• the assignee of a claim is bound by the arbitration agreement under the accessorium sequitur principale rule; or
  • in the case of inheritance, the heirs and legatees of a party contracting to an arbitration agreement are bound by such a clause.

Third parties – participation
Does your domestic arbitration law make any provisions with respect to third-party participation in arbitration, such as joinder or third-party notice?

According to the CPC, if third parties are to participate in arbitration, this must be based both on the consent of the third parties and of all the parties to arbitration, with the observance of the general rules governing third-party participation in disputes. Under those general rules, any person who has a substantive interest can intervene in a dispute pending between other parties. Intervention by a third party who intends to do so for the benefit of one of the original parties is allowed without the need for the consent of the original parties.

The Rules of the Court of Arbitration have a different perspective on third-party participation in arbitration, which is regulated in article 16:

  • first, if the third party intends to intervene solely for the benefit of one of the original parties, it must prove the existence of an arbitration agreement with all the original parties or obtain their consent; and
  • second, where a third party that may have the same claims as the original claimant intends to intervene in an ongoing proceeding or one of the original parties’ requests for the joinder of the third party, this implies the authorisation of the arbitral tribunal or, where such tribunal is yet to be appointed, of the board of the Court of Arbitration.

When deciding on whether to authorise such intervention, the arbitral tribunal or the Court of Arbitration board shall also consider, among other things, the fulfilment of the following conditions:

  • all parties, including the intervenor, agree, even before the arbitral tribunal, that the disputes between them are subject to arbitration conducted under the Rules of the Court of Arbitration and also on the method of choosing the arbitral tribunal;
  • the intervention from the third party or the request for joinder have been filed in a timely fashion, at the latest at the first hearing date; and
  • the intervening third party or the request for joinder party pays the arbitration fee in the amount established by the Schedules of Arbitral Fees and Expenses in the Rules of the Court of Arbitration, as well as any additional arbitration costs.

Groups of companies
Do courts and arbitral tribunals in your jurisdiction extend an arbitration agreement to non-signatory parent or subsidiary companies of a signatory company, provided that the non-signatory was somehow involved in the conclusion, performance or termination of the contract in dispute, under the ‘group of companies’ doctrine?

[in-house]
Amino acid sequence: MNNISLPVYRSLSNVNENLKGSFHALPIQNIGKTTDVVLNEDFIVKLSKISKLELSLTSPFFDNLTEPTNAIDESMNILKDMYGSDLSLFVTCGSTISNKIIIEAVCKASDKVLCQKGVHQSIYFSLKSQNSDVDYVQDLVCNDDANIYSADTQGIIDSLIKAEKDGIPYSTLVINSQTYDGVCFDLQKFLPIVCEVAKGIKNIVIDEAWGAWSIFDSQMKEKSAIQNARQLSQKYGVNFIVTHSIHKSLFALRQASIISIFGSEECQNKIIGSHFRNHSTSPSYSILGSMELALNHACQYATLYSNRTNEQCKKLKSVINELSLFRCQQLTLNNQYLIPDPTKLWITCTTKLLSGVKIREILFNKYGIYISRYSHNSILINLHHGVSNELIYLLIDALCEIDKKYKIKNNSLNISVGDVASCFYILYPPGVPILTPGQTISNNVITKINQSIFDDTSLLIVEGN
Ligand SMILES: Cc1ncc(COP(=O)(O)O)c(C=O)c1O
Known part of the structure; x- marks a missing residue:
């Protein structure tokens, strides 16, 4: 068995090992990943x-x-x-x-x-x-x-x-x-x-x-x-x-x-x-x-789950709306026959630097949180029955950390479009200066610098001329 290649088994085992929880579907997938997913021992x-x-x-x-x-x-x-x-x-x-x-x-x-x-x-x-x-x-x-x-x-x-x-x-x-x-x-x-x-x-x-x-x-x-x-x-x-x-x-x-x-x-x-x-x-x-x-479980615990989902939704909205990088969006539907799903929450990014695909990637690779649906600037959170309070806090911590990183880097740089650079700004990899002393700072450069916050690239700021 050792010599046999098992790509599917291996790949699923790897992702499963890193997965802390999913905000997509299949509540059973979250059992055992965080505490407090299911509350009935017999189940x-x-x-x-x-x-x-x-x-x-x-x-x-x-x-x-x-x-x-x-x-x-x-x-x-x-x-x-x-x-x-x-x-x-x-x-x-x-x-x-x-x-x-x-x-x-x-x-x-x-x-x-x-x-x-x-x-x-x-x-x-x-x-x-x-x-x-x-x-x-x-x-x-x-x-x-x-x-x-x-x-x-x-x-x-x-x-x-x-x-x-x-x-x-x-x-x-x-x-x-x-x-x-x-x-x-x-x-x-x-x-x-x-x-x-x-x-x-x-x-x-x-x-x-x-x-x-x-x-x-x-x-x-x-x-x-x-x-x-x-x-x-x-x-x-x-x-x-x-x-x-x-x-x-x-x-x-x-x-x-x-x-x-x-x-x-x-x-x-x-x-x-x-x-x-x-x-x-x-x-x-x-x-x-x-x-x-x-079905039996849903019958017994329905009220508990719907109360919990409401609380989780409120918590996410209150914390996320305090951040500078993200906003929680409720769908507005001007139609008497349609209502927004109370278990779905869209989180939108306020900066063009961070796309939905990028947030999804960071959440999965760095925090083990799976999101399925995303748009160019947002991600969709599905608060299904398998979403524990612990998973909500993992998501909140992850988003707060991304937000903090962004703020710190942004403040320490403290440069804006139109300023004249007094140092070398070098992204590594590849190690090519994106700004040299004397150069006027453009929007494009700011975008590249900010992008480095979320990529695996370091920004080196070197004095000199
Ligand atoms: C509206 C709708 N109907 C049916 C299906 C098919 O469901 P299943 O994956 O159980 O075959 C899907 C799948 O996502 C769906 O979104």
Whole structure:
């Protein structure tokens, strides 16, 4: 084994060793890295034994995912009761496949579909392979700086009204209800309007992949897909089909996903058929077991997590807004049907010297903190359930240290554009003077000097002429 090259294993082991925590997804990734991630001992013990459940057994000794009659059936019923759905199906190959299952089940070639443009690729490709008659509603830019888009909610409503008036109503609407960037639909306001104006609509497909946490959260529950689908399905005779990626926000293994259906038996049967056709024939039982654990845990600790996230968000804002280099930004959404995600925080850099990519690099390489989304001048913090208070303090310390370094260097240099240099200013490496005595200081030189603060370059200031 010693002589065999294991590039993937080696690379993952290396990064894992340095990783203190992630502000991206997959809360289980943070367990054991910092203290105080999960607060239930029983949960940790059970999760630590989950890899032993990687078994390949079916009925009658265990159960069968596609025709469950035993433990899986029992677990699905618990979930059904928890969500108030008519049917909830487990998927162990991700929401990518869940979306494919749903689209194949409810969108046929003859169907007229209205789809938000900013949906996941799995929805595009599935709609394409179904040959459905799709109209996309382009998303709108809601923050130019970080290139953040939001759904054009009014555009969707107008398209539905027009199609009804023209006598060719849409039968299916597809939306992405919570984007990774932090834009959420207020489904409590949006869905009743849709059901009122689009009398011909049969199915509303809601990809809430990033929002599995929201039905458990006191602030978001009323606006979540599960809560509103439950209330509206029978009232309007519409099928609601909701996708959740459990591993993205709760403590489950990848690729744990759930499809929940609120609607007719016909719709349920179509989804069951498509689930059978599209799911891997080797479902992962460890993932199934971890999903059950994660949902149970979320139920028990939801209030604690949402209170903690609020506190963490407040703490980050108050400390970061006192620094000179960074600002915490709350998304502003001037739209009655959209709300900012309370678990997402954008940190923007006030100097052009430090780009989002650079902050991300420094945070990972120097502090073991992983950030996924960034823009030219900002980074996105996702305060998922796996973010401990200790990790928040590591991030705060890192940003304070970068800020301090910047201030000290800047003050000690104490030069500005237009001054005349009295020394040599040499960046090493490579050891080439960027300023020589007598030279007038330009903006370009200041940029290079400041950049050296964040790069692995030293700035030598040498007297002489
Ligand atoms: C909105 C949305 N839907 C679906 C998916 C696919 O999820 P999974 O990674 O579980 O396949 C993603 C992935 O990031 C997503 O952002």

Arbitral tribunals are not often confronted with the group of companies doctrine in view of extending an arbitration agreement to non-signatory companies; therefore, to the best of our knowledge, the group of companies doctrine is not recognised in the Romanian jurisdiction with respect to arbitration.

Article 5(35) of Law No. 85/2014 regarding insolvency proceedings refers to the group of companies involving two or more companies interconnected by control or holding of qualified participations, and article 5(37) refers to the ‘parent company’ (ie, the company that exercises control or dominant influence over the other companies in the group). At the same time, articles 183 et seq of Law No. 85/2014 govern the special provisions on insolvency proceedings of a group of companies.

Article 43(1) of Law No. 31/1990 stipulates that the branches do not enjoy legal personality as a company. No particular provision contained in the CPC refers to groups of companies, but this does not mean that no interpretations can be made under the existing provisions, which support the concept of economic and legal reality at the conclusion of contracts.

Multiparty arbitration agreements
What are the requirements for a valid multiparty arbitration agreement?

Romanian arbitration law is silent as far as this specific matter is concerned. Some scholars are of the opinion that the requirements for executing an arbitration agreement remain applicable for such cases as well.

The Rules of the Court of Arbitration have provisions on this matter in connection with the nomination of arbitrators: if there are more claimants or defendants, parties with mutual interests will designate one arbitrator. If the parties fail to agree on this appointment, the arbitrator will be designated by the president of the Court of Arbitration.

Can an arbitral tribunal in your jurisdiction consolidate separate arbitral proceedings? In which circumstances?

The CPC is silent in connection with the consolidation of separate arbitral proceedings. The Rules of the Court of Arbitration attached to the Chamber of Commerce and Industry of Romania deal with this matter under article 17, which provides for three circumstances in which the arbitral tribunal may decide to consolidate separate arbitral proceedings:

  • all the parties agree to consolidation;
  • all the claims are made under the same arbitration agreement; or
  • where the claims are made under more than one arbitration agreement, the relief sought arises from the same transaction or series of transactions and the arbitral tribunal considers the arbitration agreement to be compatible.

In deciding on consolidation, the arbitral tribunal shall consult with the parties and may consider among other things, the stage of the pending arbitration, whether the arbitrations raise common legal or factual issues, and the efficiency and expeditiousness of the proceedings.